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Are Immigrants More Mobile Than Natives? Evidence from Germany

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  • Schündeln, Matthias

    (Goethe University Frankfurt)

Abstract

Low rates of internal migration in many European countries contribute to the persistence of significant regional labor market differences. To further our understanding of the underlying reasons I study internal migration in Germany, using the Mikrozensus, a very large sample of households living in Germany. The first contribution of this paper is to quantify the low mobility of the German population by estimating the unobserved cost of migration. I then focus on the differences between immigrants and natives, and start by presenting reduced-form econometric evidence for the hypothesis that immigrants, once they are in the country of destination, are more mobile than natives. Observable, individual-level characteristics can only explain part of this finding. To estimate differences in the responsiveness to labor market characteristics that are due to unobserved characteristics, I then estimate conditional logit models of the migration decision across the German federal states. I find significantly higher responsiveness to labor market differentials in the immigrant population than in the native population. Unobserved moving costs for immigrants are estimated to be only about 37% of this same cost for natives. The findings bear on the assessment of the economic impact of immigration, and the paper contributes to the current immigration-related policy debates that feature prominently in many European countries, and that likely will continue to be important in light of the ongoing EU expansion and the expected resulting east-west migration.

Suggested Citation

  • Schündeln, Matthias, 2007. "Are Immigrants More Mobile Than Natives? Evidence from Germany," IZA Discussion Papers 3226, Institute of Labor Economics (IZA).
  • Handle: RePEc:iza:izadps:dp3226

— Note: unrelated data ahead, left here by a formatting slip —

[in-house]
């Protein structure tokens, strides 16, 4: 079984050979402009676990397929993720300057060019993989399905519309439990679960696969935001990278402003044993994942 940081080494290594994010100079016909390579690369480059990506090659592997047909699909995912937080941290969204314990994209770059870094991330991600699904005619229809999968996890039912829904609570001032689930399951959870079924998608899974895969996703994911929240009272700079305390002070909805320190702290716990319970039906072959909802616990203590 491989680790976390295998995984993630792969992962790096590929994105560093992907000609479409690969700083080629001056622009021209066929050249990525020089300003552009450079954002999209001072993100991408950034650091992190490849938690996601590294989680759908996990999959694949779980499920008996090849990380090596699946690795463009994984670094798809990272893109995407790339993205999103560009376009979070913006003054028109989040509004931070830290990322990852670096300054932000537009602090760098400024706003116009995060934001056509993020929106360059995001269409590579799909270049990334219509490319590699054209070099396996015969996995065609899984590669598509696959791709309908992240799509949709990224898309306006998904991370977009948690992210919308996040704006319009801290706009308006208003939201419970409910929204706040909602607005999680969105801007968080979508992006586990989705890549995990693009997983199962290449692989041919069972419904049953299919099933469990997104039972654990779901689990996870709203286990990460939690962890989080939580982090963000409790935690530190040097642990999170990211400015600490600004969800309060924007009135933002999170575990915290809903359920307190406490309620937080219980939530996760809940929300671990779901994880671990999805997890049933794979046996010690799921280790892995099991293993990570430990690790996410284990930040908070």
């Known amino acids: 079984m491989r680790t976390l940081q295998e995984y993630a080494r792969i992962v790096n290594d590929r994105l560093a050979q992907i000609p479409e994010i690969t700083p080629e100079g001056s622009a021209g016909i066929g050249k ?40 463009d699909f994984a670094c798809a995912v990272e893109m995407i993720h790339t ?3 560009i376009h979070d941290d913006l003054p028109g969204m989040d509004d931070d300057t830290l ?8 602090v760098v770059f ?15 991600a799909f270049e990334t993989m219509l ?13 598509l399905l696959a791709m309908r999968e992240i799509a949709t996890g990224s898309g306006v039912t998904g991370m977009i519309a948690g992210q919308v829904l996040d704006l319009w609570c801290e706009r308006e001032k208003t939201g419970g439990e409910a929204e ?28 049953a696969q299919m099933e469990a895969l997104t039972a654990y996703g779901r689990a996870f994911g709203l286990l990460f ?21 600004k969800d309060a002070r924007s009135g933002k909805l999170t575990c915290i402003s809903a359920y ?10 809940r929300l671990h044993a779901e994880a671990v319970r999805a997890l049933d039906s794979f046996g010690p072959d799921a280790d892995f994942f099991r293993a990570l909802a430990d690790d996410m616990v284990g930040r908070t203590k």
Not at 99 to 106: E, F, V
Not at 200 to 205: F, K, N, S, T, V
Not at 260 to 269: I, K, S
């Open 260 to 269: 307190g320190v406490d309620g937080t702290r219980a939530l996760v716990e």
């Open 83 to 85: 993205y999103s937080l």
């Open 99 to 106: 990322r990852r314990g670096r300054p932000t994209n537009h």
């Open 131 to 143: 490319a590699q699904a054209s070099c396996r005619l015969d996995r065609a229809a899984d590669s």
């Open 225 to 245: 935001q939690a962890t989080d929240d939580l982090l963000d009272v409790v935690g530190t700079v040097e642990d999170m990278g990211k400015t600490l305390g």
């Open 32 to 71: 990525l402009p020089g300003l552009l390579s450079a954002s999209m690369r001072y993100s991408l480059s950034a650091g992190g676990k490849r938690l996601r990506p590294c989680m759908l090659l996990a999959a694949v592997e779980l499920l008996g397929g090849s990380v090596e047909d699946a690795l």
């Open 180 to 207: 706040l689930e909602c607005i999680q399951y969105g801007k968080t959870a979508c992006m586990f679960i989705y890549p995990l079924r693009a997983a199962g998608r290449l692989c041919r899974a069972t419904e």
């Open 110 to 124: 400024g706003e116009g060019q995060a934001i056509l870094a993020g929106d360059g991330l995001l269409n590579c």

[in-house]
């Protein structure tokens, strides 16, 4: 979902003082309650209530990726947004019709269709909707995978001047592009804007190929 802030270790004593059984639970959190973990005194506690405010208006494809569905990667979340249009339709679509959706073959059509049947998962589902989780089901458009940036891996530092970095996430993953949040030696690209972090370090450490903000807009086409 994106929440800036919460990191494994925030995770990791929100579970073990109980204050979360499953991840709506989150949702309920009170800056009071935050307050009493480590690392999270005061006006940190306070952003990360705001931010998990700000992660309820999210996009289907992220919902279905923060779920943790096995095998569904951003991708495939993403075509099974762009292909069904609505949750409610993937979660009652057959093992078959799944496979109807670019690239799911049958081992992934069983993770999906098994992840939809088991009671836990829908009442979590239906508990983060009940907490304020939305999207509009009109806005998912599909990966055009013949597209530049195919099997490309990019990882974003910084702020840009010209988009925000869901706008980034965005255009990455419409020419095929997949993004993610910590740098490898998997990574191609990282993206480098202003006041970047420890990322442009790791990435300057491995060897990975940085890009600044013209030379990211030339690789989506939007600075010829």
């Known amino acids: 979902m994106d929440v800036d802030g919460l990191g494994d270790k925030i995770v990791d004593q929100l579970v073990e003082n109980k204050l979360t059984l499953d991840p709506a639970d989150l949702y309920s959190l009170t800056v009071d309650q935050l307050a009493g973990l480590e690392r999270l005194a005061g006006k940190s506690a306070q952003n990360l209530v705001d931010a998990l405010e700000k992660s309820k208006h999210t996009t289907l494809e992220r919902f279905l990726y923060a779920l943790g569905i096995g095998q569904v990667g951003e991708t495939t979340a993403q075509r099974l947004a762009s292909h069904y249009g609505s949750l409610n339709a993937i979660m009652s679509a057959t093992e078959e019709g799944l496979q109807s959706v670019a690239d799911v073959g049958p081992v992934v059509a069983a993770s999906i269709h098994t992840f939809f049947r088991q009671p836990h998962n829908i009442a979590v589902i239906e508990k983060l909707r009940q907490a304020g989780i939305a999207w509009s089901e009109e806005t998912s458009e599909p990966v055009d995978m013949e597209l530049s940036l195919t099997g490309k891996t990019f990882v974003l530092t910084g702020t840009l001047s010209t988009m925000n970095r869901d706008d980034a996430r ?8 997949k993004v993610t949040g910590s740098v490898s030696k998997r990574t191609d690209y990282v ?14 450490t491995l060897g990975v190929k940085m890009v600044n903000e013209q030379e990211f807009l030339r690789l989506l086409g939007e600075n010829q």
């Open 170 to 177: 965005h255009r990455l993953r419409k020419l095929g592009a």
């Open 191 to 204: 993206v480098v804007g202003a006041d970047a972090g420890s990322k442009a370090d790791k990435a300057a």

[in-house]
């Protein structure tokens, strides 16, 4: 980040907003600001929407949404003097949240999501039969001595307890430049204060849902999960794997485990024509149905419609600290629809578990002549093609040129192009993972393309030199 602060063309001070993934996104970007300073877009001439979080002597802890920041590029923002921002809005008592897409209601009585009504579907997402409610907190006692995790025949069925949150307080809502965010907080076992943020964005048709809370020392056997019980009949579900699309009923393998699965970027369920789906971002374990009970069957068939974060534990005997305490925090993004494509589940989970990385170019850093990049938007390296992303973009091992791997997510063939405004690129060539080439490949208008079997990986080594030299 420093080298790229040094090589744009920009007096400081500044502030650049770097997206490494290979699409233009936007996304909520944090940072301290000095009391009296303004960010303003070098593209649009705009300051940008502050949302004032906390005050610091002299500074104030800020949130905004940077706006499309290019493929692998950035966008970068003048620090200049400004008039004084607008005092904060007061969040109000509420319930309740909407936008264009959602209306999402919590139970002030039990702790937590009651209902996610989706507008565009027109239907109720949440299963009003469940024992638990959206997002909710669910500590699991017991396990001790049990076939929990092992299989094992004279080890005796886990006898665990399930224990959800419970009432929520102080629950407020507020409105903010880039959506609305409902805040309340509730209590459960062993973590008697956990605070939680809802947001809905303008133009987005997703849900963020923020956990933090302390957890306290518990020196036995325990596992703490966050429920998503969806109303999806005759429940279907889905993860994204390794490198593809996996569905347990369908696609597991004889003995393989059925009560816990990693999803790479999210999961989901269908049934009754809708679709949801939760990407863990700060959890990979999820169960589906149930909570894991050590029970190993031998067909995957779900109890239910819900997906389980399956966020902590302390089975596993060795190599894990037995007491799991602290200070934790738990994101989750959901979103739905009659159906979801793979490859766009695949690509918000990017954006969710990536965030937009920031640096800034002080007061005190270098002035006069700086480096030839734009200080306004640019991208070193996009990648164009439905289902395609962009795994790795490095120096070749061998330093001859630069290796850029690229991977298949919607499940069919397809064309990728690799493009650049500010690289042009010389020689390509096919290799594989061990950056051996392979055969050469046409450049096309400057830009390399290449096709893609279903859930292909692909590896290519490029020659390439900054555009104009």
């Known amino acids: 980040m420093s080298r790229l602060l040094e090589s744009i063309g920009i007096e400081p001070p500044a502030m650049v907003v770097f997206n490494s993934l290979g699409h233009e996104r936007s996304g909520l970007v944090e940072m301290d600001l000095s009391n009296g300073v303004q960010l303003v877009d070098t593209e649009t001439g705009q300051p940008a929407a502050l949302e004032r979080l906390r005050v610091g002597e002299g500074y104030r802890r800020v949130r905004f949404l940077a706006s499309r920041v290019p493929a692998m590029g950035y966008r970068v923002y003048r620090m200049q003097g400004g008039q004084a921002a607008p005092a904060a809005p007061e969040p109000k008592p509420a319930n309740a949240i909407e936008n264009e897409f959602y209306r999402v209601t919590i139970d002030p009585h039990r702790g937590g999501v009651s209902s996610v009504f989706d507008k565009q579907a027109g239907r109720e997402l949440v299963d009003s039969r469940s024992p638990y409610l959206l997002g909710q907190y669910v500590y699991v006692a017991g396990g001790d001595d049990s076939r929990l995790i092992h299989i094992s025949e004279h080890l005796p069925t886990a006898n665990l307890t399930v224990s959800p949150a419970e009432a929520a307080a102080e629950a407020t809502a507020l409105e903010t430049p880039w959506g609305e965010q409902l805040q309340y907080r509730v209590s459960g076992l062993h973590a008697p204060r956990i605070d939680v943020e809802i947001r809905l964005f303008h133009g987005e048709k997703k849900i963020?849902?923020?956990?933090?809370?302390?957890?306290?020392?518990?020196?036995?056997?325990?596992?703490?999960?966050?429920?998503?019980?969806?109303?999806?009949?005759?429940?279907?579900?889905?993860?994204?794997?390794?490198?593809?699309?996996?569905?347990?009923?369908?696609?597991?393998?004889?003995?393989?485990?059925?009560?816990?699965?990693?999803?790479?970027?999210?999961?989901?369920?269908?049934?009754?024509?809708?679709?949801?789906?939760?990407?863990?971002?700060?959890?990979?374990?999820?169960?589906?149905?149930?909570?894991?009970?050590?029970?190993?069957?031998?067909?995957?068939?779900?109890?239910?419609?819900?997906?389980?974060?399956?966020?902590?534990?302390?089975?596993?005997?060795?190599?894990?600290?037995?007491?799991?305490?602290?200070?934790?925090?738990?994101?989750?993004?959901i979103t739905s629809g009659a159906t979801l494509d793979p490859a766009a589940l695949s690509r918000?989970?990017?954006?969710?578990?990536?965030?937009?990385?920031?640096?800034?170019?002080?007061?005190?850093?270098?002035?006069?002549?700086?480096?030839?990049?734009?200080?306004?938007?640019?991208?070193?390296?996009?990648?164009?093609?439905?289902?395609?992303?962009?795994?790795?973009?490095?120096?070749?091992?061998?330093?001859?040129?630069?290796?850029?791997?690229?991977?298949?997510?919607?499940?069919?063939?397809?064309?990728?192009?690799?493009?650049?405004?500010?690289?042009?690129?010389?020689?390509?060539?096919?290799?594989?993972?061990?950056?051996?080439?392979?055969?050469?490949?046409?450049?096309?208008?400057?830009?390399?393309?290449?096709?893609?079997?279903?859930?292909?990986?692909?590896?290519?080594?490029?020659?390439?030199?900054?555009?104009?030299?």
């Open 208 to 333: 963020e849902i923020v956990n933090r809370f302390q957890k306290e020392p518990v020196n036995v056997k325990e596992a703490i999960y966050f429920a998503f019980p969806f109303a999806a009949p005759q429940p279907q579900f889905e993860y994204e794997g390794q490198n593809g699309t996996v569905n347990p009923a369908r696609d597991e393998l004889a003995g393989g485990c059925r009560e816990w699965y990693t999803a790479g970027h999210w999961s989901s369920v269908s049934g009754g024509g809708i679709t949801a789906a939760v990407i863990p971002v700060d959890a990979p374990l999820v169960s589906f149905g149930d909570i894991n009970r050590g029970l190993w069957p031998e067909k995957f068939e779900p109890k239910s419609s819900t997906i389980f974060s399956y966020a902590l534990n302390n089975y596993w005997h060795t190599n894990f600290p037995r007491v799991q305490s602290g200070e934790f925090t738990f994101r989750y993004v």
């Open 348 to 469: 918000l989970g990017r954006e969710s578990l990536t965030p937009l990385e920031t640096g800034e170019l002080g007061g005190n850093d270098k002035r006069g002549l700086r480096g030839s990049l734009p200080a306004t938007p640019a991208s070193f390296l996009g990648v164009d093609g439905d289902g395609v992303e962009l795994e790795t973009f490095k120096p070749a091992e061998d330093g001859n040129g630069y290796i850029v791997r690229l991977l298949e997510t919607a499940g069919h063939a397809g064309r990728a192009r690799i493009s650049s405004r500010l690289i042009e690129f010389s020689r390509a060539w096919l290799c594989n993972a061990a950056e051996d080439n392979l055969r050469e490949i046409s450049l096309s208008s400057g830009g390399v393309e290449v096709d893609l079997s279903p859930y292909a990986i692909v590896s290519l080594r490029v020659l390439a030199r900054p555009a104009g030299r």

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    Cited by:

    1. Braun, Sebastian & Kvasnicka, Michael, 2014. "Immigration and structural change: Evidence from post-war Germany," Journal of International Economics, Elsevier, vol. 93(2), pages 253-269.
    2. Peter Huber & Marian Fink & Thomas Horvath, 2020. "Data Sources on Migrants' Labour Market and Education Integration in Austria," WIFO Working Papers 613, WIFO.
    3. Belit Saka, 2012. "Internal Migration of Ethnic Minorities: Evidence from Western Germany," SOEPpapers on Multidisciplinary Panel Data Research 495, DIW Berlin, The German Socio-Economic Panel (SOEP).
    4. Michael Landesmann & Sandra M. Leitner, 2015. "Labour Mobility of Migrants and Natives in the European Union: An Empirical Test of the 'Greasing of the Wheels’ Effect of Migrants," wiiw Working Papers 119, The Vienna Institute for International Economic Studies, wiiw.

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    More about this item

    Keywords

    internal migration; immigrants; cost of migration; regional convergence; Germany;
    All these keywords.

    JEL classification:

    • J61 - Labor and Demographic Economics - - Mobility, Unemployment, Vacancies, and Immigrant Workers - - - Geographic Labor Mobility; Immigrant Workers
    • R23 - Urban, Rural, Regional, Real Estate, and Transportation Economics - - Household Analysis - - - Regional Migration; Regional Labor Markets; Population

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